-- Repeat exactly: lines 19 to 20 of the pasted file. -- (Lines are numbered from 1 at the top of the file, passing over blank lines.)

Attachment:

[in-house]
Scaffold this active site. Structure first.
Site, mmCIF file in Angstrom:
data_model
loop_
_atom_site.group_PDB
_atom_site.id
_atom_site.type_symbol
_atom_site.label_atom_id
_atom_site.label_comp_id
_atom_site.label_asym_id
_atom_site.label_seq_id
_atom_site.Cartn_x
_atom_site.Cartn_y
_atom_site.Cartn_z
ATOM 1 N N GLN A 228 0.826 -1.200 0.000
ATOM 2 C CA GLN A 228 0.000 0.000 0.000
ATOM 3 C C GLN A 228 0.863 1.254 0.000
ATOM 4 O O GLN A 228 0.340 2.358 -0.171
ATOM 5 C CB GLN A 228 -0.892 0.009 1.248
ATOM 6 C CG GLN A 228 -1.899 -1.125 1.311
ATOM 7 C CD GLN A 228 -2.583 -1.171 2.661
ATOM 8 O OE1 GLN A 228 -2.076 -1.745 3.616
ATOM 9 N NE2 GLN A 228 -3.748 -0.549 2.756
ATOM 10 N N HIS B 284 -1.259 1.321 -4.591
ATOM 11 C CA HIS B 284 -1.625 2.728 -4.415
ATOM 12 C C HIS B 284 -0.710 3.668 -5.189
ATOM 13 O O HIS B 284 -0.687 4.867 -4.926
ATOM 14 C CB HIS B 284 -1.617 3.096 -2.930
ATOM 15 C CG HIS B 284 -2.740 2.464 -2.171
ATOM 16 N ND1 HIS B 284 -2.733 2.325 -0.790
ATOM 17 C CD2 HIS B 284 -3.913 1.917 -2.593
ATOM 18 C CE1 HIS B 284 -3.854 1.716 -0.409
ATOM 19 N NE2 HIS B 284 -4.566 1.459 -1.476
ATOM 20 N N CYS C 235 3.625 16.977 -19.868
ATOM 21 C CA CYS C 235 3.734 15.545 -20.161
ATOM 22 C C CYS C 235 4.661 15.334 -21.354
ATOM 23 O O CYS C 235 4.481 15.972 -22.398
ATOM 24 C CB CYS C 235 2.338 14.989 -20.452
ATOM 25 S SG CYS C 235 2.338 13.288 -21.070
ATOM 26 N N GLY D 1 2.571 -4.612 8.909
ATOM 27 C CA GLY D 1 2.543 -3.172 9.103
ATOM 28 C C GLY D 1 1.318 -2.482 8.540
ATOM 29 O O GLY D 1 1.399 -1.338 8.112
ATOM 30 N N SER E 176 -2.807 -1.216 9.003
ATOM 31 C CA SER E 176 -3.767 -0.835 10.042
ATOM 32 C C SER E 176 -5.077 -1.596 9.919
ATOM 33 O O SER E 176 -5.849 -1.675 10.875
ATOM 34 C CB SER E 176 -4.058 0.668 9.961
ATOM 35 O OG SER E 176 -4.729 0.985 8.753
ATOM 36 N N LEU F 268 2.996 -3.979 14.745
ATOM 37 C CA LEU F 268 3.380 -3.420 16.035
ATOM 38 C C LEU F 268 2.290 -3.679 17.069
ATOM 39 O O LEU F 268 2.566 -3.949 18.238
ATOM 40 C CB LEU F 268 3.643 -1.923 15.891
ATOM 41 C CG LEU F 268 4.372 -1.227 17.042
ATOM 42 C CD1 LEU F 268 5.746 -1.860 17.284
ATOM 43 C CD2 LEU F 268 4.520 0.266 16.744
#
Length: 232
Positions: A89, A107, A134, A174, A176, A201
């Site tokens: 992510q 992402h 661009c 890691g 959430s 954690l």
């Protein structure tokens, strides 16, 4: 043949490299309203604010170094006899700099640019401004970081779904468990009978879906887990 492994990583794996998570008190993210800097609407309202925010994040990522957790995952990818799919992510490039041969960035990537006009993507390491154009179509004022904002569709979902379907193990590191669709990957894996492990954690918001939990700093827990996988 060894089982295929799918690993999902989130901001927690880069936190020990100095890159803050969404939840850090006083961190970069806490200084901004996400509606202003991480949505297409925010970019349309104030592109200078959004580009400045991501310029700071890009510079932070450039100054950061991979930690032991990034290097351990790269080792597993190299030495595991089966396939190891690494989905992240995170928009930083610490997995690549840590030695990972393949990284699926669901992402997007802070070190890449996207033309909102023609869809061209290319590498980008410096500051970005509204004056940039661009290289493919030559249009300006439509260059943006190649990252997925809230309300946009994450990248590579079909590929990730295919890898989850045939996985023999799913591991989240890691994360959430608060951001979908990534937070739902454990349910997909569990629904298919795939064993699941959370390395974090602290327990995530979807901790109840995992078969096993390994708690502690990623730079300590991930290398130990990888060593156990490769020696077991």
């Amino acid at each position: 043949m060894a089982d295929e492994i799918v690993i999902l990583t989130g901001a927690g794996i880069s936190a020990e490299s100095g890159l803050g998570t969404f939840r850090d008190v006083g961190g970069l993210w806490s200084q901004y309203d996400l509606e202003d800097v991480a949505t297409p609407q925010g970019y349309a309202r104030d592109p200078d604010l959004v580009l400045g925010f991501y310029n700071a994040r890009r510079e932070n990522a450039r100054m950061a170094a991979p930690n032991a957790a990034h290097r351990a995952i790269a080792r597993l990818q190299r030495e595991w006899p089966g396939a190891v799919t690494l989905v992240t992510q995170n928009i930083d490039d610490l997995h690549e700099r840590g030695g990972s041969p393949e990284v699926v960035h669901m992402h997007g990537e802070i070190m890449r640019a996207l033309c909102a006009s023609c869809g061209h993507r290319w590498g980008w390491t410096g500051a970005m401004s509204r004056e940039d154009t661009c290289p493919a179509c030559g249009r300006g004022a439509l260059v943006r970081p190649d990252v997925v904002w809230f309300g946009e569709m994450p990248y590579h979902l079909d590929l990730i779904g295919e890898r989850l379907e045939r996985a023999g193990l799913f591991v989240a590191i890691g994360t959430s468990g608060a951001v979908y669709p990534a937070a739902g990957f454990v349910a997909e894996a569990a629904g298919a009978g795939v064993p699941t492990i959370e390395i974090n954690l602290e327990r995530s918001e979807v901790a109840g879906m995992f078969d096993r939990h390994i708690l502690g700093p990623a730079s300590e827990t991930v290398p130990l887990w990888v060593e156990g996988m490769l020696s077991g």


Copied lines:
ATOM 4 O O GLN A 228 0.340 2.358 -0.171
ATOM 5 C CB GLN A 228 -0.892 0.009 1.248